Seasonal Needle Drop
Every year, evergreens experience a seasonal needle drop that is a normal part of the plant's cycle. Needles of conifers have varying life spans and do not remain attached indefinitely to the tree. Many evergreen needles, as they age, will turn yellow, then brown, and drop off after one to several years. The change can be gradual, or, with some species, quite rapid. Seasonal needle drop can cause concern to homeowners who are not familiar with this natural occurrence. In times of drought, needle browning may be particularly noticeable, because more needles are shed in response to environmental stress. White pines show the most dramatic needle drop change. Their annual loss of needles can be especially alarming on mature white pines, as the number of yellow needles outnumbers the current season’s green growth. Typically, white pines will retain needles for three years, but in autumn, 2-or-3-year-old needles will change color and drop, leaving only the current season’s growth still attached. Austrian and Scots pines usually retain their needles for three years. Red pine drops its needles in the fourth year. Spruce and fir needles also turn yellow and drop, but the change is usually less noticeable because their older needles are thinned progressively, making the process more gradual than in pines. Arborvitae sheds branchlets rather than needles which usually turn brown as they age, yet remain on the tree for quite some time before falling. Yew needles turn yellow and drop in late spring or early summer of their third year. Check your plants regularly. If the current season’s growth is discolored or wilted, the tree may be suffering from a more serious disease or insect problem and should be diagnosed to determine if control is warranted.
|Seasonal needle drop on arborvitae||
Seasonal needle drop on pine
There is no control required. As long as needle drop is restricted to older growth and is not excessive, the “problem” is simply seasonal needle drop, a normal and natural process. Always follow good cultural practices to keep trees healthy.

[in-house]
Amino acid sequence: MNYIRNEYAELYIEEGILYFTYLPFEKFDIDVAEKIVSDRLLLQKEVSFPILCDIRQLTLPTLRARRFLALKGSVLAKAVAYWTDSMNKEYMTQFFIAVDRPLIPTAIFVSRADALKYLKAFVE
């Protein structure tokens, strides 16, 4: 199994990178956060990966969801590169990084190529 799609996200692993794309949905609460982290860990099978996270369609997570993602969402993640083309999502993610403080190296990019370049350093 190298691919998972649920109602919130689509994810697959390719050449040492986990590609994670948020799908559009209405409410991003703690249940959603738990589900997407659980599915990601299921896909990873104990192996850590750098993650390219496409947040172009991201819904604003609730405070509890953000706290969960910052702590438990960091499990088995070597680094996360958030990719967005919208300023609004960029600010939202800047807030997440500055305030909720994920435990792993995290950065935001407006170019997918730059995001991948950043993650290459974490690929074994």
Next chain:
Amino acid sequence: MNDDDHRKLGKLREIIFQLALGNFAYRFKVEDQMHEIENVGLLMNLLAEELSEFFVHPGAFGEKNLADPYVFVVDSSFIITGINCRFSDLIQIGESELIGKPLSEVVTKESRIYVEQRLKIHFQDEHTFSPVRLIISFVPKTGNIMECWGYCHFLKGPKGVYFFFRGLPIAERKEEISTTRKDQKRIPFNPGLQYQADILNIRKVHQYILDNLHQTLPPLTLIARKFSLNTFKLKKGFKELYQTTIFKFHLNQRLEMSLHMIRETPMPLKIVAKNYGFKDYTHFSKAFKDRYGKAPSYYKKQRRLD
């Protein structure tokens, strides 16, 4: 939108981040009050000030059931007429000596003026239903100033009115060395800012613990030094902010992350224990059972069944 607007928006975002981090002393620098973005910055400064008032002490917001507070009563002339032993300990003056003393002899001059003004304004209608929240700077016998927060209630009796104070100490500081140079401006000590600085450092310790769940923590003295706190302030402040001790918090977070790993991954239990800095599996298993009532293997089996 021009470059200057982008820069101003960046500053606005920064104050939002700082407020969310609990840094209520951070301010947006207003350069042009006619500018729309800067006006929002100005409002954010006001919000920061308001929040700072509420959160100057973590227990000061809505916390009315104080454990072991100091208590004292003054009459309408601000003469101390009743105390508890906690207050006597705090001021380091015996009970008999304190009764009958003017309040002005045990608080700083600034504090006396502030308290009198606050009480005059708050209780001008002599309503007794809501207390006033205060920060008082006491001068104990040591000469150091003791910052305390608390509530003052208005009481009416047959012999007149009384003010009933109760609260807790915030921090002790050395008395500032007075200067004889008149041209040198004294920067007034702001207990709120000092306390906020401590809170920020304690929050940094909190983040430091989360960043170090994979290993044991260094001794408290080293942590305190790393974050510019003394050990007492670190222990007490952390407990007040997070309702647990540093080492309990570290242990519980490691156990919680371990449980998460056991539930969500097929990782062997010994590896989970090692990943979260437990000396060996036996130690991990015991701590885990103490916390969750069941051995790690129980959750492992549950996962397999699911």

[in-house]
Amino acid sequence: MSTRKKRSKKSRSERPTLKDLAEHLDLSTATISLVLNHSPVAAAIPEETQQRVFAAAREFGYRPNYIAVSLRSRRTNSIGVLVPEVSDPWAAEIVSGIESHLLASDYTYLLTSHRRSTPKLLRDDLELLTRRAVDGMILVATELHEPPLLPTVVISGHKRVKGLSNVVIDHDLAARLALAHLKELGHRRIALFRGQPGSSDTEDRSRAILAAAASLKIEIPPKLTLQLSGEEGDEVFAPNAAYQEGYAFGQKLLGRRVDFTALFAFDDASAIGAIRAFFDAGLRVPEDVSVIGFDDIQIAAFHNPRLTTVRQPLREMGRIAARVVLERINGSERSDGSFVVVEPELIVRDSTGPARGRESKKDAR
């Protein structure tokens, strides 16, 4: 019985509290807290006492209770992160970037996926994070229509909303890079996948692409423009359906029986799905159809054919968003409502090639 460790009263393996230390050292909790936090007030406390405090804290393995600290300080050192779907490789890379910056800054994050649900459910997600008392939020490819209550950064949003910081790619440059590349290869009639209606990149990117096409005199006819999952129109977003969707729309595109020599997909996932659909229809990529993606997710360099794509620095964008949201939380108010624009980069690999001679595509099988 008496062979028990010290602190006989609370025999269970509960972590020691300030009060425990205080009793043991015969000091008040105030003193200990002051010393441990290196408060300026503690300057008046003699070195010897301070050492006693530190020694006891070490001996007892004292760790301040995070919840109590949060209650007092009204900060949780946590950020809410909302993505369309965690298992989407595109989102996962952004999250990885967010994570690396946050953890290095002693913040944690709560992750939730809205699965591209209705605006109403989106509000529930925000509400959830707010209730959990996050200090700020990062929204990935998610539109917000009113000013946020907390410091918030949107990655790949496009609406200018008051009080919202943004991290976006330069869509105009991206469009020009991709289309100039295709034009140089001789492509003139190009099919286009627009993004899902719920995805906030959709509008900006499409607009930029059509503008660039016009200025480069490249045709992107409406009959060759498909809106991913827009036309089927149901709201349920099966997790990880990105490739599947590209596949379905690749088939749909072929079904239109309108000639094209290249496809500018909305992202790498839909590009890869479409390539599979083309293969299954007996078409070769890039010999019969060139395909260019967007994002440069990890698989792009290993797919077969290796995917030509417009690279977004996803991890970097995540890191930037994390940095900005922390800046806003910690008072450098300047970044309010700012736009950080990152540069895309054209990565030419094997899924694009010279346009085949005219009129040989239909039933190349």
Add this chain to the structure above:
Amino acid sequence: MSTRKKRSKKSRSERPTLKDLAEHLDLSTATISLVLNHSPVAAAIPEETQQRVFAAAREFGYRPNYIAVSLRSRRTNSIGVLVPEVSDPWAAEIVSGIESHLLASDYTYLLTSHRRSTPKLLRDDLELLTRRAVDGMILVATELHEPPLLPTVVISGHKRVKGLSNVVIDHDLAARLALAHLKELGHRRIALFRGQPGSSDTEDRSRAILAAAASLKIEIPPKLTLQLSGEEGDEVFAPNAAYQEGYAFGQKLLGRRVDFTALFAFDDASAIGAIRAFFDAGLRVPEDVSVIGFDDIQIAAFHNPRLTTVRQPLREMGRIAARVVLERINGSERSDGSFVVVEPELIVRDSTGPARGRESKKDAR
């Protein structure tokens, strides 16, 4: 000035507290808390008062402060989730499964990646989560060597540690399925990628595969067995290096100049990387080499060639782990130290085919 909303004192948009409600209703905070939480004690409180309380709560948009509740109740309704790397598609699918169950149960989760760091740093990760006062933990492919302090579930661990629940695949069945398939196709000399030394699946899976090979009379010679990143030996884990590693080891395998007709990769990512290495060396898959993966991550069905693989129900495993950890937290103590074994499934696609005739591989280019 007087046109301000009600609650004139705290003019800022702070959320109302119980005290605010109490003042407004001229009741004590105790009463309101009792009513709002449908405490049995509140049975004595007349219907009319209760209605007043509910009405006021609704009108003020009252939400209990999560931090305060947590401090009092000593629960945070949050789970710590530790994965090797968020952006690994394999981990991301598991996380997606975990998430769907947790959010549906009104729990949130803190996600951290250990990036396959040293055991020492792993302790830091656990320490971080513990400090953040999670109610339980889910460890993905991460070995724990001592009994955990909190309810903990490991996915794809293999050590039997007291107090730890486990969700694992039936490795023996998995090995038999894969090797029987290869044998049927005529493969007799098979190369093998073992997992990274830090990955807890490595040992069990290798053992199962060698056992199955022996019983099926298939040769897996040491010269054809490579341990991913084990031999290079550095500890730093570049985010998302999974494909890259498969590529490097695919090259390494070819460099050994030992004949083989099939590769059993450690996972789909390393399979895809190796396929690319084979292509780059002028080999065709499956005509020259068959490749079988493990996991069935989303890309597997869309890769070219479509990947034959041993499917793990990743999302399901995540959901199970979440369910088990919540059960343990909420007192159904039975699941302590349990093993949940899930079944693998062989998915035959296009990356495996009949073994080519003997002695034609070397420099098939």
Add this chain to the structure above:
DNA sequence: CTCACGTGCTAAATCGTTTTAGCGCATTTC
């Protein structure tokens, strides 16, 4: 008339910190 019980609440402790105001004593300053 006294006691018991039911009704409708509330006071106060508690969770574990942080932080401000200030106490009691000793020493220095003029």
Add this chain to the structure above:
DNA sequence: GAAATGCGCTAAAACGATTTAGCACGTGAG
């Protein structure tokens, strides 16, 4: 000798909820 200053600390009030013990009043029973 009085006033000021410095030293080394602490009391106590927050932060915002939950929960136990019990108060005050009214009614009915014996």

- Large Evergreen Trees (over 20 feet) 33%
These trees can reach heights of 80 feet, and most hold their needles year-round, providing seasonal color in winter. Many are dense, offering a screen or privacy, and windbreak. Besides green, evergreens can be silver-blue, blue-green, and...
- Low-Growing Evergreen Shrubs 32%
The fine-textured foliage and formal silhouette of Buxus 'Glencoe', Chicagoland Green™ boxwood, offers an important year-round structural element to any landscape Generally grow less than 4 feet tall Include cone-bearing plants with...
- Pruning Evergreens 31%
Evergreen refers to a group of plants that retain their foliage during winter. Most evergreens have a strong central branch leader, which requires little pruning except to control plant height, increase the density of branching, or to shear into...
- Intermediate Sized Evergreens (6-20 feet) 30%
Growing 6-20 feet tall, they retain foliage year-round, and soften structural edges around foundations, under windows, at corners, or against walls. Like mid-sized shrubs, they create structure and depth in mixed plantings, and provide backdrop for...
- Low Growing Evergreens (generally less than 6 feet) 30%
Generally growing less than 6 feet, these shrubs screen unwanted objects and views all year, can be used to stabilize slopes or embankments, and add color to winter landscapes. They come in a variety of shapes and sizes, from mounded to upright to...
- May 1, 2009 Plant Health Care Report 22%
This issue contains details on many items including: Caterpillars and sawfly larvae Eastern tent caterpillar European pine sawfly Arborvitae leafminer Oystershell scale Apple scab Cryptodiaporthe canker (golden canker) Seasonal needle drop...